Galaxy International is a small privately held company in the Northeast U.S. which manufactures high- tech carbon composite skis for the U.S. market. The company has been in business for 20 years, has 125 employees, and has $50 million in annual sales. Its owner, Jeremy Riven, is an ex-Olympic skier who developed the proprietary technology and bonding polymers that give Galaxy skis their unique flexibility, durability, and propensity to need low maintenance—all of which serious skiers in the U.S. have come to prize. Major costs involved in the manufacturing of skis are oil polymers, carbon fiber, and labor. Ski technicians are highly skilled machinists, and manufacturing the finished product is as much an art form as it is a science.
Jeremy has recently considered an initial public offering (IPO) to allow the firm to raise the funds it needs to go international. The underwriting group from Morgan Stanley believes they could easily raise sixty (60) million in the equity markets, and fifty (50) million in the bond market. Jeremy is trying to determine the cost of debt, the cost of equity (four  million shares at $15/share), and the firm’s weighted average cost of capital if he goes public and issues corporate bonds with a coupon rate of 8%. Last year, the firm resided in a 28% tax bracket. The risk-free rate in the U.S. is 2%, and the expected return on the market is 14%. Morgan Stanley estimates Galaxy’s beta, if traded publicly, would be approximately 1.8%. Galaxy has been growing at 15% a year since its inception.
Jeremy would like to expand his current U.S. facility from 40,000 square feet to 100,000 square feet, automate certain processes which heretofore have been done manually, and outsource work to China, where he plans to either build or lease a plant to extend his ski line worldwide. He could build a 50,000- square-foot facility in Canton for fifty (50) million dollars, or lease a similar facility for ten (10) million a year. Annual operating costs would be twenty (20) million dollars, and projected free cash flow, based on past experience, would be twelve (12) million a year (whether he leases or buys). The life of the plant would be fifteen (15) years, and inflation in China is currently running at 6% annually. Galaxy would repatriate profits from the Chinese operation and consolidate them with those of the U.S. operations. All expenses of operating the plant in China would be in Yuan.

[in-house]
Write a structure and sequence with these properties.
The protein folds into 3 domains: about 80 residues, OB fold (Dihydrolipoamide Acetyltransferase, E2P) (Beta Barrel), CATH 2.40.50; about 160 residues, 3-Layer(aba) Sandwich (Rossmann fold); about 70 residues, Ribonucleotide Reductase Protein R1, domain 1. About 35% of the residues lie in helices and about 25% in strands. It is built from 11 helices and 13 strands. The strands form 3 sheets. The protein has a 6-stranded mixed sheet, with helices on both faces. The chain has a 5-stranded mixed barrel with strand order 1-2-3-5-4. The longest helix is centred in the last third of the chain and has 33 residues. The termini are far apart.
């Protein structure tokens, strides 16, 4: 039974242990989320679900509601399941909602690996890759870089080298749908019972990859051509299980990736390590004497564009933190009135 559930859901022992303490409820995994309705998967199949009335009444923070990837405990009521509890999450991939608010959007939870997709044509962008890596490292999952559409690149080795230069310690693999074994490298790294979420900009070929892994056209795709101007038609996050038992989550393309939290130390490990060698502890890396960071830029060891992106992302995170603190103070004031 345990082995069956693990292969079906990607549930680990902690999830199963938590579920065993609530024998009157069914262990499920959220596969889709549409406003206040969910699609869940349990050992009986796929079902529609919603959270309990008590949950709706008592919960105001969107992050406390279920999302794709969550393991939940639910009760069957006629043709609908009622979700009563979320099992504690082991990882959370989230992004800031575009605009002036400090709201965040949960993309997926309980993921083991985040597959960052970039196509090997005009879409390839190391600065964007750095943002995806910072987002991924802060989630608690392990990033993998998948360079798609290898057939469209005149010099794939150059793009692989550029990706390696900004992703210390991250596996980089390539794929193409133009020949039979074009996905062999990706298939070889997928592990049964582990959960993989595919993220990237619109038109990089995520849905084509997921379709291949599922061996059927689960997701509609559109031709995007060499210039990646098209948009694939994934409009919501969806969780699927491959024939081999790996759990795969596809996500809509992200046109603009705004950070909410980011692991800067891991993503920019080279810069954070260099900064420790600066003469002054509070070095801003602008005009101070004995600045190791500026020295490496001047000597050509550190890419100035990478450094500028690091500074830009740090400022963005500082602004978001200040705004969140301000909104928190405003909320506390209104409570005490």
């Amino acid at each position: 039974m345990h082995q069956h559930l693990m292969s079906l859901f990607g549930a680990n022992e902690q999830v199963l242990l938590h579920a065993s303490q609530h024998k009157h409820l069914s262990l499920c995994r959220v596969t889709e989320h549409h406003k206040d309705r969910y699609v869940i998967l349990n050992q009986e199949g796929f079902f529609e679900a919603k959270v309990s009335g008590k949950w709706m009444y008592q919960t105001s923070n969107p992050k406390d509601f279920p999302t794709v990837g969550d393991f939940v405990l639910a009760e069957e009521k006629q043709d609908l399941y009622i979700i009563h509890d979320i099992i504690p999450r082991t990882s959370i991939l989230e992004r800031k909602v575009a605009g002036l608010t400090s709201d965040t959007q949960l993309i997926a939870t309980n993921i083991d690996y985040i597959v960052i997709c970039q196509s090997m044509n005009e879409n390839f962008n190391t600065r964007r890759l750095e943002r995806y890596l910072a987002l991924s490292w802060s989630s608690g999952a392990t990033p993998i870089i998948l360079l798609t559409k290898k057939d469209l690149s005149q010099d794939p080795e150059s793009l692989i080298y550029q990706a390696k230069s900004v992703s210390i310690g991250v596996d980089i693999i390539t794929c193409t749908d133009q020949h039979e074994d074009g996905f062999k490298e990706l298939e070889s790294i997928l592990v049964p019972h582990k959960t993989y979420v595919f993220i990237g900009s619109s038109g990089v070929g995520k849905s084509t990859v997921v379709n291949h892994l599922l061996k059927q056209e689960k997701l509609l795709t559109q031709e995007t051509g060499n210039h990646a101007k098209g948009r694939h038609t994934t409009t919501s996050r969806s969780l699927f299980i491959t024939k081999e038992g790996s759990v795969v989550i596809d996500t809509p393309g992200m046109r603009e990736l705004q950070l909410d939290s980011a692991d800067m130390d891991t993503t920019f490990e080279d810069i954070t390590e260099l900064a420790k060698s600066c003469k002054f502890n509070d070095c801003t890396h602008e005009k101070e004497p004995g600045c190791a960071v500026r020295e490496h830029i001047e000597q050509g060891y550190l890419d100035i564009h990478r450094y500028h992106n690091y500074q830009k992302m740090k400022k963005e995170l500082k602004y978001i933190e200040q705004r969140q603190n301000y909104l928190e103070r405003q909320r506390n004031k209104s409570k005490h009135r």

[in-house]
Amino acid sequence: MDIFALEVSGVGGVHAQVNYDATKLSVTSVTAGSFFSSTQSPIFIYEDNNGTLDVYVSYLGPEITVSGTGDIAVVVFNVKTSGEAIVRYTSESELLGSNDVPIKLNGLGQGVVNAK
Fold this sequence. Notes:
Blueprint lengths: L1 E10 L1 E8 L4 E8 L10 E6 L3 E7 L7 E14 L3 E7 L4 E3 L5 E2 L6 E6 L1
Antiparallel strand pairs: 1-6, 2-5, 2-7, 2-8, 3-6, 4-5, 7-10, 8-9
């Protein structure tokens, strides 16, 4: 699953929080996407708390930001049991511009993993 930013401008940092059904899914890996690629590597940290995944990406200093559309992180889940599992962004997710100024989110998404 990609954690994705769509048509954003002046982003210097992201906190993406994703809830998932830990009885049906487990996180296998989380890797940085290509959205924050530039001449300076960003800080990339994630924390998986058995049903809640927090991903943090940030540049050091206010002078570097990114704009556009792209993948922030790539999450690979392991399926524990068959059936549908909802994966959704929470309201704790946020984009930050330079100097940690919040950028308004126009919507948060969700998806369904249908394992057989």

Use the Internet to locate information about current events in China related to its economic state.
(6-8) page paper
1. Examine the pros and cons of an IPO for Galaxy International. Recommend whether the company should or should not proceed with an IPO.
2. Evaluate the appropriateness of the financing alternatives and strategies that are available to Jeremy, and select the one (1) you believe best suits the company. Provide support for your rationale.
3. Determine the advantages of debt over equity, and what each would cost after taxes. Determine
Galaxy’s weighted average cost of capital (WACC) if it uses both alternatives to raise capital (i.e., debt and equity).
4. Recommend one (1) financial instrument that Jeremy could use in order to ensure a stable supply of oil for his operations and to protect his firm from currency translation losses.
5. Suggest one (1) approach that Jeremy can use to hedge his currency translation and transaction exposure to the Yuan. Provide support for your suggestion.
6. Determine whether Jeremy should lease or buy the plant in China. Justify your position using information regarding the current economic state in China.
7. Imagine that you are a portfolio manager. Determine whether or not you would want to participate in the IPO if Galaxy International goes public. Provide a rationale for your decision. Determine the expected return on the stock using Capital Asset Pricing Model (CAPM).
8. Determine if the Galaxy International’s expected returns would exceed its WACC. Provide a rationale.
9. Use at least five (5) quality academic resources in this assignment. Note: Wikipedia and other Websites to not qualify as academic resources.
· Be typed, double spaced, using Times New Roman font (size 12), with one-inch margins on all sides; citations and references must follow APA or school-specific format. Check with your professor for any additional instructions.